Articles With the Tag . . . tight lining

The Tap and the Take — Was That a Fish?

Using the riverbed as a reference is the most common way to know about the unseen nymph below. Get the fly down. Tick the riverbed. Touch and lift. This time-honored strategy is used across fishing styles for just about every species I’ve ever cast to. Find the bottom, and find fish. Better yet, find the bottom and know where the fly is.

But how do we tell the difference between ticking the bottom and a trout strike? My friend, Smith, calls it the tap and the take . . .

Podcast — Ep. 5: Fly Fishing the Mono Rig — Versatility and the Tight Line Advantage Taken Further

After hundreds of Troutbitten articles featuring the versatility of the Mono Rig, now there’s a podcast. My friends Josh, Austin, Trevor and Bill join me to discuss how each of us fishes this hybrid rig as a complete fly fishing system, detailing the ultimate flexibility of this amazing tool.

The Troutbitten Mono Rig is a hybrid system for fishing all types of flies: nymphs (both tight line and indicator styles), streamers, dry-dropper, wets, and small dry flies. With twenty pound monofilament as a fly line substitute, better contact, control and strike detection are gained with the Mono Rig versus a traditional fly line approach. And yet, the casting here is still a fly line style cast. Ironically, it takes excellent fly casting skills to efficiently throw a Mono Rig.

The Backing Barrel Might Be The Best Sighter Ever

A simple piece of Dacron, tied in a barrel, is a visible and sensitive addition to your tight line and euro nymphing rig. The versatile Backing Barrel serves as a stand-alone sighter, especially when tied with a one-inch tag. Better yet, it draws your eyes to the colored monofilament of any sighter and enhances visibility threefold. The Backing Barrel adds a third dimension of strike detection, with the Dacron flag just stiff enough to stand away from the line, but just soft enough to twitch upon even the most subtle takes . . .

The Best Fly Rods for the Mono Rig and Euro Nymphing — My Favorite Rods

Choosing a fly rod that’s perfect for the Mono Rig and euro nymphing starts with knowing your goals. How versatile do you want to be?

From the best all-around fly rod that’s ready to handle nymphs, streamers and more on a long leader, to specialized euro nymphing rods and dedicated streamer rods, here are my favorite tools for fishing the Mono Rig . . .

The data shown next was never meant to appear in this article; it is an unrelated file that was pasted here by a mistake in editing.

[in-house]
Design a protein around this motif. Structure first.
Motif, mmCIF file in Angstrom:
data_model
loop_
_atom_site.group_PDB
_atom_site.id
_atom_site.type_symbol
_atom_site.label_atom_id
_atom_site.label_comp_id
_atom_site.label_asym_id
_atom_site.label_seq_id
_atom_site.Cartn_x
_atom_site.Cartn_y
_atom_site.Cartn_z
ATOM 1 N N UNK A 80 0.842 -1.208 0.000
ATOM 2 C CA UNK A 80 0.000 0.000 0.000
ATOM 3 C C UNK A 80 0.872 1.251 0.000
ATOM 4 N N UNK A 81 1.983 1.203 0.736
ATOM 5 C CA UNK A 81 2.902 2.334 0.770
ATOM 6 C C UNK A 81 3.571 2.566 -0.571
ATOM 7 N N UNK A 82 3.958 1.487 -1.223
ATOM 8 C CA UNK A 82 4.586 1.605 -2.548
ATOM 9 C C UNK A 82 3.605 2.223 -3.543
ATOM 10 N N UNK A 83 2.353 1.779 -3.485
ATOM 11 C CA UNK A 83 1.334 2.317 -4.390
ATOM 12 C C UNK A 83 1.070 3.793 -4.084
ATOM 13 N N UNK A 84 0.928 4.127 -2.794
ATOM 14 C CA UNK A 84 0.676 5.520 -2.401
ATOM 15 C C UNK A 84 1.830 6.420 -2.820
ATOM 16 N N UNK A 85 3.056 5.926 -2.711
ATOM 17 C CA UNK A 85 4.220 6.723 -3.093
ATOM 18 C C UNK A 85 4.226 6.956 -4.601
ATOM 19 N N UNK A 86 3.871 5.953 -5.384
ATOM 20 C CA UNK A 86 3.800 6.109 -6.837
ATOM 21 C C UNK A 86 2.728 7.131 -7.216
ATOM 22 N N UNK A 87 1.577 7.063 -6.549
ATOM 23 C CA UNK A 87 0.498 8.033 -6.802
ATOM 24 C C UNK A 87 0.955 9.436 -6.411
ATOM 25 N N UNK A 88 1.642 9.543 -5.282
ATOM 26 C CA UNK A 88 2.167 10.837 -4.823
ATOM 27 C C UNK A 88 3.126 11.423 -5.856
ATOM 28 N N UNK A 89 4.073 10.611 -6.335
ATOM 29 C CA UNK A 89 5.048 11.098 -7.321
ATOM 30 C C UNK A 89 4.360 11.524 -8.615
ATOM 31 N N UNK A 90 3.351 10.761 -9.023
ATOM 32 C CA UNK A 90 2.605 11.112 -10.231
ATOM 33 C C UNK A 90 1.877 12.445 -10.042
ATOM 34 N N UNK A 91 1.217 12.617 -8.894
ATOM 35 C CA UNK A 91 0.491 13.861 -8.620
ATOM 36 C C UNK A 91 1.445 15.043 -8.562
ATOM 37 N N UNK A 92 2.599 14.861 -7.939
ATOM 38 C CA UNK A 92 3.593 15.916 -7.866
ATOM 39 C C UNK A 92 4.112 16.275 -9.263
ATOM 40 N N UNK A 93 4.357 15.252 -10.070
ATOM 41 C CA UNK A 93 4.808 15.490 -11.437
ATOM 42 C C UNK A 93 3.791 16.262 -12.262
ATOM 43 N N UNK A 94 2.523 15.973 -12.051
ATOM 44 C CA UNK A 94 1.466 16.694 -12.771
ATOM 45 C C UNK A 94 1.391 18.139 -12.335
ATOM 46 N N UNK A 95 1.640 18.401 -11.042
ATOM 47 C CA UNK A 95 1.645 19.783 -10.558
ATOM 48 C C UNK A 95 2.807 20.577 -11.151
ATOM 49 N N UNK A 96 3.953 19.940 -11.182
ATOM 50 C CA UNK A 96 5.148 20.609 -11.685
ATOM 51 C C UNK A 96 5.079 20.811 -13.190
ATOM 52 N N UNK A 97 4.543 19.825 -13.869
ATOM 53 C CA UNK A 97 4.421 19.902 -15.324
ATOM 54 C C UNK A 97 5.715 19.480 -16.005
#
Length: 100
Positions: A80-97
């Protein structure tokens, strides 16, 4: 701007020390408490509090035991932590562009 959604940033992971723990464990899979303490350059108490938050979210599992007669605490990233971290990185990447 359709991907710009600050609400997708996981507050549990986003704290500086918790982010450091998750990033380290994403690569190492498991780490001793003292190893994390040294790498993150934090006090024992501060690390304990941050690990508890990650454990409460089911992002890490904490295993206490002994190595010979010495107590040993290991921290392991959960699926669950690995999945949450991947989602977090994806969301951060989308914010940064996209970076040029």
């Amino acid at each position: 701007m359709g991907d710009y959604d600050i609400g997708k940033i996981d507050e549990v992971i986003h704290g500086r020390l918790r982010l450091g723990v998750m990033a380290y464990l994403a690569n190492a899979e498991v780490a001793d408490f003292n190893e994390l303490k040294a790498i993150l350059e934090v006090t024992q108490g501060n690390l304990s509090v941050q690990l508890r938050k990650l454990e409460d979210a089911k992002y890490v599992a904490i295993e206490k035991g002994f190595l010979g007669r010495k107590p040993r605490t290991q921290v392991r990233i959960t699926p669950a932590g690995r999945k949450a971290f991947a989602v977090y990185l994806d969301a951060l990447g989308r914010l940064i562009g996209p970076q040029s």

When Drifting Low Isn’t Low Enough

When Drifting Low Isn’t Low Enough

Always, the river gives us something to fight against. Muddy water, strong winds or high sun — there are endless elements to overcome. Low water, hot weather or cold conditions — they all change the game with unique obstacles. Rarely are conditions perfect. And if...

Euro Nymphing Fly Line vs The Mono Rig

Euro Nymphing Fly Line vs The Mono Rig

I’ve received countless questions about my thoughts regarding euro lines and mono rigs. And while this is also one of the most common questions I’ve fielded through the years, it has a complex answer that I’ve never tackled in an article. So let’s fix that.

Here are my thoughts on euro nymphing lines vs a Mono Rig. These views address all seasons, all distances and many variations . . .

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Tight Line and Euro Nymphing — The Lift and Lead

Tight Line and Euro Nymphing — The Lift and Lead

The Lift and Lead is a cornerstone concept for advanced tight line nymphing skills.

Most euro nymphing or tight line studies seem to ignore the lift, focusing only on the concept of leading the flies downstream. For certain, the lift and lead is an advanced tactic. But if you’re having success on a tight line for a few seasons now, you’re probably already incorporating some of this without knowing it. And by considering both elements, by being deliberate with each part of the lift and lead, control over the course of your flies increases. The path is more predictable. And more trout eat the fly . . .

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Streamer Presentations — The Tight Line Dance

Streamer Presentations — The Tight Line Dance

On a tight line rig, things are different. We keep line off the water — so it’s the rod tip that dictates the actions of the fly. Direct contact with the fly lends us ultimate control over every variable. With line off the water, it’s the rod tip that charts the course, the actions and all the movements of the streamer. And that . . . is a very big deal . . .

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The Pros and Cons of a Longer Fly Rod

The Pros and Cons of a Longer Fly Rod

If you’re thinking about a new fly rod (and who isn’t), it’s helpful to understand the upside and downside of extra length. Whether your intentions for the new rod are tight line tactics, streamers, dries, or a versatile tool that can easily tackle all of these, the advantages and disadvantages of extra length in a fly rod are important to understand . . .

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Part Two: What you’re missing by following FIPS competition rules — Leader Restrictions

Part Two: What you’re missing by following FIPS competition rules — Leader Restrictions

Leader length restrictions unnecessarily limit the common angler from taking full advantage of tight line systems. Such rules force the angler to compensate with different lines, rods and tactics. And none of it is as efficient as a long, pure Mono Rig that’s attached to a standard fly line on the reel. Here’s a deep dive on the limitations of using shorter leaders and comp or euro lines.

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